Being a single mom can be a challenging and overwhelming experience, but there are ways you can help support a mom who is doing it on her own. From emotional to practical support, I provide tips on how you can help single moms feel part of a supportive community.
Before you try to jump right in and offer help, it’s important for you to have a good understanding of the challenges many single moms face. By understanding their challenges, you will be better able to offer meaningful support and useful resources.
No one ever said parenthood was easy, which is never truer than if you’re doing the job alone as a single mom. Understanding these challenges is the first step in being able to offer meaningful support to single moms in your community. Below are seven challenges of being a single mom that everyone should understand.
Sadly, the two most common life events that lead to single parenthood are death and divorce. As a result, finances have often dramatically changed in an unforeseeable way. Single moms are financially responsible for raising their children and caring for themselves alone. Raising a child or children on just one income is a challenging task. Often, single moms have more than one job to support themselves and their children, even with child support from their former spouses. Only one income limits how much money they can spend on their children’s needs.
Having no other adult in the house to talk to, offer advice, help with the kids, or share a laugh or concern is lonely. With most of their time spent concentrating on working and caring for their kids, single moms have limited time for their personal and social lives.
Without the support of a spouse, a single mom has to make all of the tough decisions alone-where to go to school, which friends are good, or when a child is mature enough for a new privilege/responsibility, to name a few. A single mom may be unable to discuss solutions to problems with another adult. As a result, single mothers may feel uncertain about their choices without a sounding board to vet their decisions.
Single moms rarely get a few hours to relax. Instead, they feel physically, emotionally, and mentally worn out from all the responsibilities and often neglect self-care.
This one might be the hardest to overcome of all the single mom struggles. Every decision a single mom makes comes with a potential side of guilt. Even if they know they have made the right choice, they still might wonder. Single moms often feel like they’re forever coming up short when doing enough for their kids.
Read my article 25 Ways to Stop Feeling Mom Guilt, Immediately to learn to remove the mom guilt that comes with our parenting choices, circumstances, and thoughts about self-care.
Emergencies, accidents, and illnesses happen to all of us. Single moms worry about not having anyone to help in these moments. They fear who would care for their children if something happened to them.
The most challenging part of being a single mom is the judgments and misconceptions placed on them. Single moms are judged for all their choices and even questioned about their singlehood. Relationships end, spouses pass away, and some spouses walk away. Unfortunately, many women who are single moms didn’t plan this life.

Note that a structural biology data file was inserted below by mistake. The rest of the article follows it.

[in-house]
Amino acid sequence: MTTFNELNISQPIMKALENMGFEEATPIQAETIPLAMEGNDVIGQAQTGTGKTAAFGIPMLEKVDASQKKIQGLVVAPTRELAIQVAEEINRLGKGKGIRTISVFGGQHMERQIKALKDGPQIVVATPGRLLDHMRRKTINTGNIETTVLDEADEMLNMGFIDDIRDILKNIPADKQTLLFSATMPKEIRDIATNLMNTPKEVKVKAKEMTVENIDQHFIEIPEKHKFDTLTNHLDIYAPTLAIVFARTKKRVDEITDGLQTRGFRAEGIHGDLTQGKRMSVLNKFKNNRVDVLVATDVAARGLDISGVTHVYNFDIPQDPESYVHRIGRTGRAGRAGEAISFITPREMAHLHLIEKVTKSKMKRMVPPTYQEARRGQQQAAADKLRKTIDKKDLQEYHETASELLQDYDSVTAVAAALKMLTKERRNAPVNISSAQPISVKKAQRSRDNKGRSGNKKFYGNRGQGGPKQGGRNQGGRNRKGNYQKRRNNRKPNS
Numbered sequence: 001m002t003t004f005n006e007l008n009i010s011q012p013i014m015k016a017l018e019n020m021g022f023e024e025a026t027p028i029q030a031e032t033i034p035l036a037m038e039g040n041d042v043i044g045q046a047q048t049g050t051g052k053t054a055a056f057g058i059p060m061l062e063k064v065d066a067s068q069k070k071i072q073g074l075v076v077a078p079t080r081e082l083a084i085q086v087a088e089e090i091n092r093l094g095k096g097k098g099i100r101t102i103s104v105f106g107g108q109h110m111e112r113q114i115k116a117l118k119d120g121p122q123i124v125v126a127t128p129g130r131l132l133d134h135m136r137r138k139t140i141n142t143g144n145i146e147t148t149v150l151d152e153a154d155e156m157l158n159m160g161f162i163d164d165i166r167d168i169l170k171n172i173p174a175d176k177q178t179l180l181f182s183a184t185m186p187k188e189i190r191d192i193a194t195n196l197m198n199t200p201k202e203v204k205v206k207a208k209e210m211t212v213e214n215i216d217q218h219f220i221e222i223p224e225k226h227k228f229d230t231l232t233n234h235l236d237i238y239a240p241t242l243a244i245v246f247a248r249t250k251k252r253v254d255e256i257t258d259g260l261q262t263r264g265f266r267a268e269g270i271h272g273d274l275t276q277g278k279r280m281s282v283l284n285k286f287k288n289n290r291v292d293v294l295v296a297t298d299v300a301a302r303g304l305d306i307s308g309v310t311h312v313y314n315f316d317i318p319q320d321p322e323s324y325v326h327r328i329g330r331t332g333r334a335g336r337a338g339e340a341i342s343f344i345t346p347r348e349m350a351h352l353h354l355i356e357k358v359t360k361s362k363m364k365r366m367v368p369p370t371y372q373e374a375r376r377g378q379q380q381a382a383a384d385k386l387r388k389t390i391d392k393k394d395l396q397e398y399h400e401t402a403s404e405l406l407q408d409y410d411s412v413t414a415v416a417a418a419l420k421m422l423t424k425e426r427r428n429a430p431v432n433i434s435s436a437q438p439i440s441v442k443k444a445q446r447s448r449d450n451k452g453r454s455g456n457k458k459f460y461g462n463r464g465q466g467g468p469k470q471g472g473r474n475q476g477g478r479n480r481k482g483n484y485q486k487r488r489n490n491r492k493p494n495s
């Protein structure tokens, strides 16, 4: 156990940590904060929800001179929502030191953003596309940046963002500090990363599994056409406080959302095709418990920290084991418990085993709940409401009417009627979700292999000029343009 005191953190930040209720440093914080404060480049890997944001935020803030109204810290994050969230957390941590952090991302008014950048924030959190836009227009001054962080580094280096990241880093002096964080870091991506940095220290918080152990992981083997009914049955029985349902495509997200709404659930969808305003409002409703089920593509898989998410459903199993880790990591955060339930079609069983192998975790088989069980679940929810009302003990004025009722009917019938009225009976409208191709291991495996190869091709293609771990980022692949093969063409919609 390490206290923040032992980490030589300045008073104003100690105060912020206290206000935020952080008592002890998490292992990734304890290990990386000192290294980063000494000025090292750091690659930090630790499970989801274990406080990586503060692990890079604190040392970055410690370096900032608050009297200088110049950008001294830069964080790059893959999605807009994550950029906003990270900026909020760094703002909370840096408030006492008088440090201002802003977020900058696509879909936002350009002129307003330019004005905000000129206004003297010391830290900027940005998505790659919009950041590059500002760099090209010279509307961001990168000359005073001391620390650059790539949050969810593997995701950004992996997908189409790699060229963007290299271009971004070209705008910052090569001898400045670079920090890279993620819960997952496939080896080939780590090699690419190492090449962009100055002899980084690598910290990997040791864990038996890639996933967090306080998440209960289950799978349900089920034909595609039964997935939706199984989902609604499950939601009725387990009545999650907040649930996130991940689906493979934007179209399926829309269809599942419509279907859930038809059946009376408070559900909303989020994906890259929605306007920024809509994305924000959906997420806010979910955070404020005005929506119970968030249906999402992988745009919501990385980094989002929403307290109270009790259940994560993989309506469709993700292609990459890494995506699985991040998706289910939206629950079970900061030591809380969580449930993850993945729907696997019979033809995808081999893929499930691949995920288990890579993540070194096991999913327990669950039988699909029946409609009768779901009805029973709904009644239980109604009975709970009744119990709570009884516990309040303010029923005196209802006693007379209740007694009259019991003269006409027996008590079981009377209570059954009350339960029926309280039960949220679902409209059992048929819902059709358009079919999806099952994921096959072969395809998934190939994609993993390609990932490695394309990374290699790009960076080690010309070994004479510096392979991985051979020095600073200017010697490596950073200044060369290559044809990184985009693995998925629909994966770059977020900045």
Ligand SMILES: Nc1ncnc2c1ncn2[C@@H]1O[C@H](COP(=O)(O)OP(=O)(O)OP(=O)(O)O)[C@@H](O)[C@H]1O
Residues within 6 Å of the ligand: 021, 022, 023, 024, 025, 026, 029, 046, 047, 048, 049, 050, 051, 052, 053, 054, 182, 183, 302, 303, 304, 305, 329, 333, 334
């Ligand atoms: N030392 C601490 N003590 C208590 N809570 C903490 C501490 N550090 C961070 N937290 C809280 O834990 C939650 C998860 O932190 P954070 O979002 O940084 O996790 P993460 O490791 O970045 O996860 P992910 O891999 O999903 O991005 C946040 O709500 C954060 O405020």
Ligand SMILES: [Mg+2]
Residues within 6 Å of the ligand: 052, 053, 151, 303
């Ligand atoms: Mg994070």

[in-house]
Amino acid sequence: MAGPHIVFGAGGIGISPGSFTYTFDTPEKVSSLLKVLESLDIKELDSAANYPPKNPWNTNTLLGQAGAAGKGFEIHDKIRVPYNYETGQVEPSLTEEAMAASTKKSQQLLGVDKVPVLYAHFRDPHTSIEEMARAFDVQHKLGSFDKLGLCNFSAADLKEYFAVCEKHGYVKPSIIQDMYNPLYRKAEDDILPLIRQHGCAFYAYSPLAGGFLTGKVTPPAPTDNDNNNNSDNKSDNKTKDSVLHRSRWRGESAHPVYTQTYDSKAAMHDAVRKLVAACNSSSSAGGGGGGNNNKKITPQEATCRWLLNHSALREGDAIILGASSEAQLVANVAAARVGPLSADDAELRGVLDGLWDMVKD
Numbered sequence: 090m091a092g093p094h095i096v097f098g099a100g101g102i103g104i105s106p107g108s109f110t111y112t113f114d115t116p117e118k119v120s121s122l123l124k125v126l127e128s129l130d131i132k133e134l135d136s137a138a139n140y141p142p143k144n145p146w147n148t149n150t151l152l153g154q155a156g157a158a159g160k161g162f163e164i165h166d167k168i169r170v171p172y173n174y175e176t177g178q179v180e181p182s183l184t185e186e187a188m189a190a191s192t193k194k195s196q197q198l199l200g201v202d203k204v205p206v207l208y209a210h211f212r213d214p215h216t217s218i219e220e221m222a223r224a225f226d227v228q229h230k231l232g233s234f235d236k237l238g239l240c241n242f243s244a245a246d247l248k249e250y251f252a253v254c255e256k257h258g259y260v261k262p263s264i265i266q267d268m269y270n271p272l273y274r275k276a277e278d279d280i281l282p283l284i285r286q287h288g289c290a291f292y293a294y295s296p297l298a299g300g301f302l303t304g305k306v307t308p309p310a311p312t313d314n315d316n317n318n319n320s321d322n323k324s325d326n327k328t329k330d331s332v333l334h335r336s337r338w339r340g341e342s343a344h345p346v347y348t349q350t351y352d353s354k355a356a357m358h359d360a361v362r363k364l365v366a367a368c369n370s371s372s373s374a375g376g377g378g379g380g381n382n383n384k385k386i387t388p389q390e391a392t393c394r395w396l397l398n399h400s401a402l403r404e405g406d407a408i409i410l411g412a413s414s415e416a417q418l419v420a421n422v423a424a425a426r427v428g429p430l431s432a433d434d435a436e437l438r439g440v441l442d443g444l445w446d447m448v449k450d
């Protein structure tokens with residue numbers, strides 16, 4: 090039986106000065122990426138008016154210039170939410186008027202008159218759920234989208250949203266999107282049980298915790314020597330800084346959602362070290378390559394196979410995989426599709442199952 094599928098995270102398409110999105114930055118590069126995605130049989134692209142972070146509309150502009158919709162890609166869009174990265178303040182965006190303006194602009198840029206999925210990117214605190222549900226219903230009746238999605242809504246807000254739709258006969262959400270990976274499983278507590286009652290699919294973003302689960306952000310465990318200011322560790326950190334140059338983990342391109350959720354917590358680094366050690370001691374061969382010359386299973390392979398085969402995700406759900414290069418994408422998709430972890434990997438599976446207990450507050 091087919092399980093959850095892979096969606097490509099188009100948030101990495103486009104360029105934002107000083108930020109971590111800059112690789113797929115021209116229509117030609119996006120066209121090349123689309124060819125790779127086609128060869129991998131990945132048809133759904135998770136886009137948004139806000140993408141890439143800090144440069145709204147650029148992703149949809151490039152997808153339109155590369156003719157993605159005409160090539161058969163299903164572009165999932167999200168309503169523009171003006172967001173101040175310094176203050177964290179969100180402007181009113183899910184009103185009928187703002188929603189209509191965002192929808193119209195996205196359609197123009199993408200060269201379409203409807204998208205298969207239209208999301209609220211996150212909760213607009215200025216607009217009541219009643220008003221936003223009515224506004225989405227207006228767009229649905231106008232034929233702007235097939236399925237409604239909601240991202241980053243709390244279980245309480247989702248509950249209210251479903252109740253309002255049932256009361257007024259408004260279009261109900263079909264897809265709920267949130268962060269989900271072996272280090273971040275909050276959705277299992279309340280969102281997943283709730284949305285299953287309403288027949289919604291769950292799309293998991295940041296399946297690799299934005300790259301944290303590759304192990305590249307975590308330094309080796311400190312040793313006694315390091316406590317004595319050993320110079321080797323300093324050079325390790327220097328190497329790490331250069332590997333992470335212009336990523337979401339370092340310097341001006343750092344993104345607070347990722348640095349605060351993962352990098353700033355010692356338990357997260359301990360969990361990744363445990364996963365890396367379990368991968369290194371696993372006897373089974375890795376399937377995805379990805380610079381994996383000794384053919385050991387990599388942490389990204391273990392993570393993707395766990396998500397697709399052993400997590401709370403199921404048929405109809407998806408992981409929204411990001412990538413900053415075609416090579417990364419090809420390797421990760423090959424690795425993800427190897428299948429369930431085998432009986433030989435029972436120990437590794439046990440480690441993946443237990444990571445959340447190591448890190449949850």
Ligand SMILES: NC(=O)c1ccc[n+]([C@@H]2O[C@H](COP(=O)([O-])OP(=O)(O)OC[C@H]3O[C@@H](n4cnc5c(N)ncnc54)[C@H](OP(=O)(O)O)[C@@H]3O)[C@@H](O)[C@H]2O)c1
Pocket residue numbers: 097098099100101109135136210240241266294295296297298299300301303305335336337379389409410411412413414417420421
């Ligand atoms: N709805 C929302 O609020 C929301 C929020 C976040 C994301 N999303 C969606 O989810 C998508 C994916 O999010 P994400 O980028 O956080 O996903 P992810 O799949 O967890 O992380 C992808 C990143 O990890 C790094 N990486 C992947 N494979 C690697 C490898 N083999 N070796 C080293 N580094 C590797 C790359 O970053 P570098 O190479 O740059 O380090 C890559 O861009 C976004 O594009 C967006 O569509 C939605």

A single mom’s family builds its psychological health on her emotional well-being, yet they are often so busy attending to their kids’ needs that they overlook their own emotional needs. Here are six tips for connecting with single moms needing emotional support.
Let her know you care by asking her questions about herself and her children. Many single moms have experienced difficult and maybe oppressive relationships. So, by getting to know her, you are letting her know she’s worth the effort to build a friendship with.
Sometimes the best way to help a single mom is to invite her to a girls’ night. Meaningful girl time is usually low on her priority list. This small gesture can show her that you see her, value her, and want to invest in your friendship with her. It gives her a role apart from “mom.”
Being a single parent can be isolating and overwhelming, and having someone to talk to and lean on can make a big difference. Listen without judgment, offer encouragement, and let her know you are there for her. It’s important to remember that single moms often carry a heavy emotional burden. They may feel guilty for being unable to provide everything their children need, or they may struggle with loneliness and inadequacy. By offering a listening ear and a shoulder to lean on, you can help alleviate some of this emotional stress. Let her know that she is not alone and that you are there to support her in any way you can. Even a simple gesture of texting to check in can make a big difference in her day-to-day life. Remember, sometimes, the best way to help is to be there.
A single mom’s hard work and efforts often go unnoticed. Let her know she is doing a great job raising her children and how well she balances all her demands. Celebrating her success and milestones can help her gain the confidence to tackle any issue. Whether it’s job promotion or completing a degree program, take the time to acknowledge and celebrate what she has accomplished (even if it’s managing to get all her kids ready on school picture day)!
Single moms rarely receive positive feedback about their work raising their children, and telling her you notice her kiddos are so happy and carefree is very encouraging to a single mom. Letting her know her kid was very polite at school or on the playground can be uplifting for a single mom.